4. Speed Matters

After you’re able to do 60 pushups in a row, you’re basically testing your muscle endurance a lot more than you’re testing your muscle strength. Your challenge? Get to 60 pushups in one set before your arms get begin to get tired. If you can do that, you should be able to muscle out the last 40. You’ll notice in my video, that my first 50-60 pushups I basically tried to pump out as fast as possible. I sacrificed a little bit of form for and caught a little flack for it (I didn’t fully extend my arms as much as I should have), but your job is to knock out the reps before your muscles realize they’re tired. Interestingly enough, my form on the last 50 was demonstrably better than my first 50 because the last 50 my muscles were more tired, I took longer to do them and I fully extended my arms in between reps.

5. Don’t Be Afraid To Take Breaks

I haven’t seen anybody publish a video where they did 100 straight without even a momentary stall in between pushups (if you have, feel free to prove me wrong). If you’re struggling with a set, extend your arms all the way, take a few breaths, give yourself a mental reset and keep going. As long as you don’t break the pushup position, it still counts (Besides, even if you do break the position, this is your challenge. Do it for yourself and screw what anyone else says.)

6. The Last 20% is Mental

The one really annoying fact about this whole challenge is that I probably could have finished it up about a month ago, but I let the stupid little voices in my head start telling me what I could & couldn’t do. After failing spectacularly,  I didn’t want to have to fail again. I had this annoying little demon in the back of my mind telling me that I was only going to ever be able to 80 pushups (Oh No! Anything but that!).

After a bunch of weeks of struggling with the mentality that I was only going to ever be able to do 80 pushups, I finally just told that voice to shutup, I blocked out the pain, and I just did it. The exact number where this happens might be different for you, but the mentality won’t. At some point, you’ll hit a wall and you just need to keep going. I kept waiting for a time when I was finally going to be “ready” to do 100 without struggling and it never came. But, when I finally decided to buck up and do it, I did 110. Go figure.

A Few Takeaways

You’re Not Alone

[blackbirdpie url=”!/joelrunyon/status/57661313572282368″]

The closer you get, the bigger the urge to give up becomes. Don’t.#almostfreakinthere – @JoelRunyon

The 100 pushups challenge will probably suck. And it will be hard. And you’ll want to quit. Don’t. If you feel like a failure, it’s okay. Step back, regroup, laugh at me, and take another shot at it. If you don’t finish in 6 weeks, it’s not the end of the world. It took me 3 months after my first public failure to finally finish. It’s not about how fast you go, it’s about getting a little bit better every day and finishing.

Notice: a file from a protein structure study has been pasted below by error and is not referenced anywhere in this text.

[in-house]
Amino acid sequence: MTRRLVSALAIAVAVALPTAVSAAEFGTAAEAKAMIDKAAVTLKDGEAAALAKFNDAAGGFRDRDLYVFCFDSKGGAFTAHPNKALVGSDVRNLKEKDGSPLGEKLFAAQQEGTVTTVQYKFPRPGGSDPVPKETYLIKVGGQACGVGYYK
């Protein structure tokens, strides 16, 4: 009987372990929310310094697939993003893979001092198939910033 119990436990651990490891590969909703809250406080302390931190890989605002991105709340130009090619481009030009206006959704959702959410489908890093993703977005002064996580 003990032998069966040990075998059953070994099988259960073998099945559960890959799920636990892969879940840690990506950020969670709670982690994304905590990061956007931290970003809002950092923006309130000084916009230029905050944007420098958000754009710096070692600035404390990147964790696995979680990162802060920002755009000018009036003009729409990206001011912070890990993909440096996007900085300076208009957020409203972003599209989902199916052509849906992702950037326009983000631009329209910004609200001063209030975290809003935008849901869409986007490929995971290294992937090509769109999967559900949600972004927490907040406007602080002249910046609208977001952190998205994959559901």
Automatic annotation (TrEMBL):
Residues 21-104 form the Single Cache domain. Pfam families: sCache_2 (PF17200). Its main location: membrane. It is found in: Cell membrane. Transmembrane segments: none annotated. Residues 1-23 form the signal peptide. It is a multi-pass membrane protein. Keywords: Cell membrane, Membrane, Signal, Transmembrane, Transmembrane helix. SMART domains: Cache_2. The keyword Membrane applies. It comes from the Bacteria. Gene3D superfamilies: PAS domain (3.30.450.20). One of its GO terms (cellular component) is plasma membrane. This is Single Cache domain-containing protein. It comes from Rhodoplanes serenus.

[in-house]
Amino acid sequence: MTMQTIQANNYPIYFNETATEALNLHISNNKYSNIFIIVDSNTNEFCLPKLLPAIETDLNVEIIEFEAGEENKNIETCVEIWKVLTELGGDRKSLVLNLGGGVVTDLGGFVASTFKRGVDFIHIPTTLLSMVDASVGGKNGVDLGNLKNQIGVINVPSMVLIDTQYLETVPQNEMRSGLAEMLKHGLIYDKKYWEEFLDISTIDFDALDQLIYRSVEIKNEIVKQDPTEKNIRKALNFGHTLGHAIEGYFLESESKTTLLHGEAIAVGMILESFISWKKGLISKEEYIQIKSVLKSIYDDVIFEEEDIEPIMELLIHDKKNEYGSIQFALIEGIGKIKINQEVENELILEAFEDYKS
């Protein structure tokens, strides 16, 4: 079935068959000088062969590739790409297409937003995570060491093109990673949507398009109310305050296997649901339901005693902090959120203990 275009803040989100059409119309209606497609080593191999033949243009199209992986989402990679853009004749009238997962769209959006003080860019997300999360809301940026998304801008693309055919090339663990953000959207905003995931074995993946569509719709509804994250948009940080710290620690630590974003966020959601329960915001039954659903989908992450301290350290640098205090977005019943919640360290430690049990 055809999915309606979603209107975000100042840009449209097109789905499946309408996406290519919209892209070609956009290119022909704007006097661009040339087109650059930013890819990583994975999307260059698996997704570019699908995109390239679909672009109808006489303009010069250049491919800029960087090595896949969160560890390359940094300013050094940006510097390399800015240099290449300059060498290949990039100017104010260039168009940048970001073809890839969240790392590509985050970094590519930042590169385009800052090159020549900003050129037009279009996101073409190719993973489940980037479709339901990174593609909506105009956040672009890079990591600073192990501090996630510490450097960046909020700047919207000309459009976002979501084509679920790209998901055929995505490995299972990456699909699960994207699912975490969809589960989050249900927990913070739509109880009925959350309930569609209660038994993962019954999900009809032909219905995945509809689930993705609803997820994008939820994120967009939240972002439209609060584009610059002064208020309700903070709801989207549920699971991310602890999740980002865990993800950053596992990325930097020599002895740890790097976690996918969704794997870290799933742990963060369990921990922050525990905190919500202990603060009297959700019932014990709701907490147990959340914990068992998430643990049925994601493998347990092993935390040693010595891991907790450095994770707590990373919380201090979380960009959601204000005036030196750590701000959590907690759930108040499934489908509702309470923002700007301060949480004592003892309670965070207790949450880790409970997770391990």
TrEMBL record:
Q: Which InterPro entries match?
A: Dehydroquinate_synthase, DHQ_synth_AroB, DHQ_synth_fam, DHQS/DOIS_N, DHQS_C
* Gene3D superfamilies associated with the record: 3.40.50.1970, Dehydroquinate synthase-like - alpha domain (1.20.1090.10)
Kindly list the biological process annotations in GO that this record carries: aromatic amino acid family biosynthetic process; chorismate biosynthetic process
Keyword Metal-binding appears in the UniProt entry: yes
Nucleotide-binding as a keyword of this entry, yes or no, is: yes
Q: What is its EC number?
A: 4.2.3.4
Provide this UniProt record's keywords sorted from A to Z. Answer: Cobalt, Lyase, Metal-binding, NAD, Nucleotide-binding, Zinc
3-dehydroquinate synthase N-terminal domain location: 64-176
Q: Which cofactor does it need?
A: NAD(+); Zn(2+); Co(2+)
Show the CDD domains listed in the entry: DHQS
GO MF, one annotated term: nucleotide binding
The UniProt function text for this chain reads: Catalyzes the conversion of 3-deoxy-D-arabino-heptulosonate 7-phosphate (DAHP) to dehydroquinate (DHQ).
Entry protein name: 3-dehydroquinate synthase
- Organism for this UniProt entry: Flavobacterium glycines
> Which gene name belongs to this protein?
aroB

Understand The Real Purpose of 100 Pushups

Contrary to what the program would have you believe, the purpose of the 100 pushup challenge is not to actually do 100 pushups. It’s really not. Sure, the stated end goal is to finish 100 pushups, but if that’s the only goal you have in the challenge, you’ll probably suffer a lot of the same things I did (boredom, problems with commitment, etc). The purpose is to push yourself, even through the struggles.

The number 100 is actually a pretty arbitrary number and picked mostly because it’s a nice round number that sounds impressive to girls. From my experience, there isn’t a real strength differential between being able to do 60 pushups in a row and 100 pushups in a row. If you’re looking to this as a training exercise, you’ll probably be disappointed. The real purpose of doing the hundred is to take something you thought was impossible and turn it into something that is actually very possible. Make that your focus and you’ll be much more successful.

Prepare To Look Stupid

I can’t count how many people tweeted my last article with the improvised headline “Joel Turns Purple (…o yea, and he does 100 pushups).” When you start out, you might have to do girl pushups. That’s okay. But start. Maybe you’ll have terrible form, maybe you’ll fail, maybe you’ll turn purple. But you don’t know until you try. If you want to do anything impossible, you’ll have to be ready to look stupid. If you need inspiration, look no further :).

Critics Don’t Matter

No matter what you do, someone will say it doesn’t count. You’re not good enough. The pushups weren’t perfect. You suck. It doesn’t count. Etc. Tell them to shut up. Critics don’t matter.  I’ve been lucky to have such great support from you guys, but the internet has a tendency to bring out the worst in people and I’ve had a few negative reactions that could hurt if I dwelled on them. 1, they don’t know